Earth Sciences in Angola

A graduate student and a postdoctoral researcher in SMU’s Roy M. Huffington Department of Earth Sciences, along with Professor Louis L. Jacobs, are conducting research in Angola in southern Africa during summer 2012. They are members of an international scientific program called the PaleoAngola Project, which seeks to discover and study Angola’s vertebrate paleontology and learn about the environment in which prehistoric creatures lived. Readers also can follow their work at

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A run-in with modern-day mammals

An update from Scott and Ricardo:

One of the baby rats we removed from behind the glovebox

As we were driving into Cabinda City this morning to make arrangements for our flight back to Luanda on Wednesday, Ricardo noticed that the ownership and insurance documents for the rental truck were missing from the glovebox. We immediately returned to search our rooms, but we soon discovered that our friendly local rodents had built a nest behind the glovebox on top of the AC filter.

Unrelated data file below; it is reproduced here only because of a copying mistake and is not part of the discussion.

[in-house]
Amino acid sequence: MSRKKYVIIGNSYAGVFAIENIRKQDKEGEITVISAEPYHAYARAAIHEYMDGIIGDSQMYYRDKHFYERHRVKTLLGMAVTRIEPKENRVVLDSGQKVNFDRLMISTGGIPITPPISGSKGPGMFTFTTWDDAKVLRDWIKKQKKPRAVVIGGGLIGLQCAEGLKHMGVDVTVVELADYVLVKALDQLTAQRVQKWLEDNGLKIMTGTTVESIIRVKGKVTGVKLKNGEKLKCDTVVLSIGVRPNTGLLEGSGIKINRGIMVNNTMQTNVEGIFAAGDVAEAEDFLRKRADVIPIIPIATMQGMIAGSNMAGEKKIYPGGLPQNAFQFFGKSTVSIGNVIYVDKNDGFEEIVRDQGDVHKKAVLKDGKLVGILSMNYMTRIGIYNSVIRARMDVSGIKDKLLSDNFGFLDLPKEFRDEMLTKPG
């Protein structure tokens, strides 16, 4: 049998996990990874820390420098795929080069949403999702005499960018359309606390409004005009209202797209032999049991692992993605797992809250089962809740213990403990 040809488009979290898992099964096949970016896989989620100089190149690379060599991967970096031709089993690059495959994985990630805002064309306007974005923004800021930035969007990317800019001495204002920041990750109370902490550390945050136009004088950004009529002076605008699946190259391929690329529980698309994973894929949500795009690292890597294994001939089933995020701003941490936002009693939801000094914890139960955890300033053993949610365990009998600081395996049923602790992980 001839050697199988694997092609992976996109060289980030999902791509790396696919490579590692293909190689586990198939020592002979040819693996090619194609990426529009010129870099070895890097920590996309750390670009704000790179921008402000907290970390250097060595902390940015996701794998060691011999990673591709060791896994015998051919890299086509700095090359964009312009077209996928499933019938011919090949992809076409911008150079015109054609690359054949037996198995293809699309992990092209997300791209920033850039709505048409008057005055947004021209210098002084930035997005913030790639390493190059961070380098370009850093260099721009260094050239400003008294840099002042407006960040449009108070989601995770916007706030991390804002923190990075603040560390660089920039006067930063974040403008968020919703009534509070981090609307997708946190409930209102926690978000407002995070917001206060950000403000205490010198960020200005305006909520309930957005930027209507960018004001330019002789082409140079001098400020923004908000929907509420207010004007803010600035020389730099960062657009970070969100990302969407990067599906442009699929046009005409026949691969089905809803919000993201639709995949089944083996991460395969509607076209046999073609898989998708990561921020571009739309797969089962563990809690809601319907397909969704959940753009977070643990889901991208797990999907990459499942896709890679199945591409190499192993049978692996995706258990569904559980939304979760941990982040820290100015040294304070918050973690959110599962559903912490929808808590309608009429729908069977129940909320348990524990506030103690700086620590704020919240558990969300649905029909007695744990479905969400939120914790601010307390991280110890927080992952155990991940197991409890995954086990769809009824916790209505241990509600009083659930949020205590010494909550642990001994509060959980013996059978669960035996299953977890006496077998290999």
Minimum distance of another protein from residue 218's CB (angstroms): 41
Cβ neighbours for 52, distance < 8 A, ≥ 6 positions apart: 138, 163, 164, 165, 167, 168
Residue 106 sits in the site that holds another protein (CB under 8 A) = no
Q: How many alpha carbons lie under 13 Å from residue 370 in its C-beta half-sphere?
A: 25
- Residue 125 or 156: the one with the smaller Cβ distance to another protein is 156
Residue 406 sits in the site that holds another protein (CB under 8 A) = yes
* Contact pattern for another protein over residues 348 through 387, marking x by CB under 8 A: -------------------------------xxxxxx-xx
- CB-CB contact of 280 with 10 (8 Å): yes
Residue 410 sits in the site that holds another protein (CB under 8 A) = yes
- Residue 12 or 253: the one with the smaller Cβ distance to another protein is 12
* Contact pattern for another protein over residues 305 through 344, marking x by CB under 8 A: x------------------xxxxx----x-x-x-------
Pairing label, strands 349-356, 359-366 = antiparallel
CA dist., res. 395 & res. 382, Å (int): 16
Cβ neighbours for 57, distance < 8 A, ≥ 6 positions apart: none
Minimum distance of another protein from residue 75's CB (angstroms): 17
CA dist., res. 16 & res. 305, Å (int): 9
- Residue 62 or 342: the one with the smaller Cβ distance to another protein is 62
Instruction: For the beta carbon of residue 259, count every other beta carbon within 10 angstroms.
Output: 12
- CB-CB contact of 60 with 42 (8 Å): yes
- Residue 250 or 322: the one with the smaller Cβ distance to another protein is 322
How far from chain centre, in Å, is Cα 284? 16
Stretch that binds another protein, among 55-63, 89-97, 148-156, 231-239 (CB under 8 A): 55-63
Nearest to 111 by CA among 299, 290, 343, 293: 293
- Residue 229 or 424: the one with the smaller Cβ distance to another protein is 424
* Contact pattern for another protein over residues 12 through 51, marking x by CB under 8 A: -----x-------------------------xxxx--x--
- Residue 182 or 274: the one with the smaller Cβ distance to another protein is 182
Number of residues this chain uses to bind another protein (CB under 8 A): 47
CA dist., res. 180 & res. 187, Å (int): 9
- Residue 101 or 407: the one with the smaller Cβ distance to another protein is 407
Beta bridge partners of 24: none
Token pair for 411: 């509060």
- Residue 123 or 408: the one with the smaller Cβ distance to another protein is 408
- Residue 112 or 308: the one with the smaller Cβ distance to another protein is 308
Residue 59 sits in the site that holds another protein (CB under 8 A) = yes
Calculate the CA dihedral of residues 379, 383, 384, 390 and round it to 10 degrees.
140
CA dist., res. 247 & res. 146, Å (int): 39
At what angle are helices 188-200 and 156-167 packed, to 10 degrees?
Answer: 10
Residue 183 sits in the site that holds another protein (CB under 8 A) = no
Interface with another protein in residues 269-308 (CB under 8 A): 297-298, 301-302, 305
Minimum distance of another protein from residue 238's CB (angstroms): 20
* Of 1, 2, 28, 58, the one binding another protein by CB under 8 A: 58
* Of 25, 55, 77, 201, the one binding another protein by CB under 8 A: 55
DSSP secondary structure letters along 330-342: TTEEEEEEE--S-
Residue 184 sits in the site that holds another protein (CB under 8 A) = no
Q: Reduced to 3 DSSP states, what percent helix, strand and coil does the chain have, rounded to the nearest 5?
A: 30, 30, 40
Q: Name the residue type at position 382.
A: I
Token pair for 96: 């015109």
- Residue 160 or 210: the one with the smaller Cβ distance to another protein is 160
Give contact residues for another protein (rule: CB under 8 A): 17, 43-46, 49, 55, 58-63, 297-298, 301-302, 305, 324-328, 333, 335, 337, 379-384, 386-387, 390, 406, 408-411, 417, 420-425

Scott donned latex gloves and pulled a mess of shredded paper, plant debris, bones and plastic bags from inside the dashboard, as well as three baby mice. Luckily, the rental documents survived relatively intact. This explains why the car smelled less than fresh when we turned on the AC. Now we drive with the windows down instead.

We finally finished measuring the stratigraphy to the north of Malembo Point, and we managed to correlate the rocks we measured today with those at the more northern localities. The stratigraphic measurements are more or less done at this point, and we plan to spend our last day in the field tomorrow collecting more fossils from the Malembo locality in the hopes of finding more mammal material.

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